News / Africa

Mandela Released from Hospital

Former South African president Nelson Mandela observes his 94th birthday at his house in Qunu, Eastern Cape, July 18, 2012.
Former South African president Nelson Mandela observes his 94th birthday at his house in Qunu, Eastern Cape, July 18, 2012.
Anita Powell
South African officials said former president Nelson Mandela has been released from a Pretoria hospital and will recover at his Johannesburg area home. The 94-year-old anti-apartheid icon spent 18 days in the hospital for a lung infection and gallstones.

A spokesman for the presidency said Mandela’s longest hospital stay in decades came to an end late Wednesday.

Spokesman Mac Maharaj said Thursday doctors felt they needed to keep the former president in the hospital for 18 days before releasing him to his home in Johannesburg’s Houghton suburb late Wednesday.

He was admitted to the Pretoria hospital on December 8, and officials said then it was for “routine tests.” They later said he had been diagnosed with a lung infection.

Days later spokesman Maharaj said Mandela was also operated on for gallstones.

“The doctors, as we said earlier, were monitoring his progress and that they needed to be satisfied that they had made sufficient progress before they decided to discharge him. He reached that point late yesterday and the doctors decided that it was appropriate that he could go home."

Maharaj added that Mandela was returned to his Houghton home "where he will undergo home-based high care until he is fully recovered. So that’s the state of play at the moment. Good progress, I think it’s something you all have been wishing for and praying for. And we are pleased that he is able now to spend time with his family.”

This was Mandela’s second hospitalization this year.

In February, he was hospitalized for a long standing stomach ailment. He also tested positive for tuberculosis in 1988, during his 27-year imprisonment for fighting racist white rule.

Maharaj said Mandela was in good spirits. He said the aging leader would receive “high care” - meaning he will be constantly supervised by medical professionals.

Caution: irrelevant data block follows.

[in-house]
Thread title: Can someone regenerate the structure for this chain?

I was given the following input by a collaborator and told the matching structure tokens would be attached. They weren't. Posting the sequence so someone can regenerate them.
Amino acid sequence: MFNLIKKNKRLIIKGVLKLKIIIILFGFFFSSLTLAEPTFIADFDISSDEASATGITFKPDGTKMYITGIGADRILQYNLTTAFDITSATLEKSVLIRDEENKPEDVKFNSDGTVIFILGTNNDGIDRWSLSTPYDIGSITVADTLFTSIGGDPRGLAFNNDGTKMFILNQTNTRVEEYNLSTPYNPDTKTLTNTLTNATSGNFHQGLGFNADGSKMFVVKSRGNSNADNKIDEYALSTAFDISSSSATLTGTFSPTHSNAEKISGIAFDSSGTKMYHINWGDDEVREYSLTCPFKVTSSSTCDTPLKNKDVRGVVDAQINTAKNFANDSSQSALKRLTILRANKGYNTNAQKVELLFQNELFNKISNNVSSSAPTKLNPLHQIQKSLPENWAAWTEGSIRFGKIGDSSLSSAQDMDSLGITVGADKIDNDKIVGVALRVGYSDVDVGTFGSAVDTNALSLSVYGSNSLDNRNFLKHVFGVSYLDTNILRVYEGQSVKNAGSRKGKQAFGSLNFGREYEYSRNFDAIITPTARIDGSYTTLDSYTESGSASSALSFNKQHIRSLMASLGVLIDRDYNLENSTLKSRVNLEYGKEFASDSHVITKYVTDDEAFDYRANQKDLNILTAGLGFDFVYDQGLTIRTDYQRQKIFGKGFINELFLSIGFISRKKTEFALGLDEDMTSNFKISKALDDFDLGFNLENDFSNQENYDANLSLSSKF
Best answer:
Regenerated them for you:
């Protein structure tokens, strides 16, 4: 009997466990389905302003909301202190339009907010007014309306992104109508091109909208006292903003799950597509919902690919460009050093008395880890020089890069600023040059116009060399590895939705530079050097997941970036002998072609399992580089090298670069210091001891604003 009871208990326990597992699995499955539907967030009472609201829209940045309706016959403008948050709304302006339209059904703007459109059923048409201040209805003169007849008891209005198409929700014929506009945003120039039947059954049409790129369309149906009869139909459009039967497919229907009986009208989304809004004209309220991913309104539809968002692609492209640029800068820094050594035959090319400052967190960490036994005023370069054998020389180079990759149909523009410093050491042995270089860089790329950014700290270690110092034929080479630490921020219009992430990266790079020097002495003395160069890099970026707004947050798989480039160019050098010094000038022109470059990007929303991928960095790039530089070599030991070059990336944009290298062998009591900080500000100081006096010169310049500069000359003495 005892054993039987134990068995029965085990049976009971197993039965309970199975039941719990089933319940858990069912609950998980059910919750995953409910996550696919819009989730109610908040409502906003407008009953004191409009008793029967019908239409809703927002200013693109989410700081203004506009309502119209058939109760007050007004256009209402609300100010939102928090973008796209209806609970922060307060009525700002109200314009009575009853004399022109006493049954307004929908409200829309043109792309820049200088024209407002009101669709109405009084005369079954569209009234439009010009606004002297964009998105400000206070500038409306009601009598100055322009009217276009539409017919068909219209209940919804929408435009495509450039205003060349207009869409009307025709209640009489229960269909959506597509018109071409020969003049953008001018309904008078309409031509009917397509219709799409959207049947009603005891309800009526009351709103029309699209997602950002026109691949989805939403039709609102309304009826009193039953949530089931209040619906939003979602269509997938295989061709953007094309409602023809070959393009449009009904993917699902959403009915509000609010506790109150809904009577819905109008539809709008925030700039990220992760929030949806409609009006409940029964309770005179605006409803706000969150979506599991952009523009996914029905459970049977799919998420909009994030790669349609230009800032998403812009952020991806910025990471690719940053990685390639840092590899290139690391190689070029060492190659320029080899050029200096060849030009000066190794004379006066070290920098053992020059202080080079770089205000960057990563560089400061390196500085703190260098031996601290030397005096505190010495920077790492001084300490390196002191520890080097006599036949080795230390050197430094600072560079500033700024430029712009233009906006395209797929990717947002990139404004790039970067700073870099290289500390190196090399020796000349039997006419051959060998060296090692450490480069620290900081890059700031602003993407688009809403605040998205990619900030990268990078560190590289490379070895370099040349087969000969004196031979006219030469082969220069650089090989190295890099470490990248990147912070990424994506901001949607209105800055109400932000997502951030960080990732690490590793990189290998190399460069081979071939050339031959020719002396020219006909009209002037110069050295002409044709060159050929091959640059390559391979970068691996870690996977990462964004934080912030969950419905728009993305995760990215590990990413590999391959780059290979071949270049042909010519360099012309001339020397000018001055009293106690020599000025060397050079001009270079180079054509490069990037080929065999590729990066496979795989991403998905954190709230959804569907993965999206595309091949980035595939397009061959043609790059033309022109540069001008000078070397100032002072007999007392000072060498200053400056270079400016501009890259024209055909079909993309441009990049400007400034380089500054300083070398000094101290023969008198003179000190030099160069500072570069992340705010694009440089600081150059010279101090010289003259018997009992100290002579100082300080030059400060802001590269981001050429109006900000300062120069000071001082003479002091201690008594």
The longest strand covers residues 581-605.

Because of that high level of care, Maharaj said, doctors chose to keep Mandela in the Johannesburg area instead of sending him to his home in the rural Eastern Cape province town of Qunu.

Qunu is the town Mandela considers home, and it is where he has recently spent most of his time. It is also where many Mandela family members are buried.

Maharaj said he could not say when Mandela could go back to Qunu.

Nelson Mandela became South Africa’s first black president in 1994, after his release from prison. He was awarded the Nobel Peace Prize in 1993 for his role in ending the racist apartheid system.

You May Like

UN: 1 Million Somalis at Risk of Hunger

Group warns region is in dire need of humanitarian aid, with at least 200,000 children under age of five acutely malnourished as drought hits southern, central part of nation More

Human Rights Groups Allege Supression of Freedoms in Thailand

Thailand’s military, police have suppressed release of independent report assessing human rights in kingdom during first 100 days of latest coup More

Jennifer Lawrence Contacts FBI After Nude Photos Hacked

'Silver Linings Playbook' actress' photos were posted on image-sharing forum 4chan; Federal Bureau of Investigations is looking into matter More

This forum has been closed.
Comment Sorting
Comments
     
by: Leeu from: CN
December 27, 2012 10:16 PM
Frederik Willem de Klerk is as great as Mandela. They are the greatest sons of this planet.

Featured Videos

Your JavaScript is turned off or you have an old version of Adobe's Flash Player. Get the latest Flash player.
Ukraine Schools Resume Classes, Donate to Government Forcesi
X
September 02, 2014 12:58 PM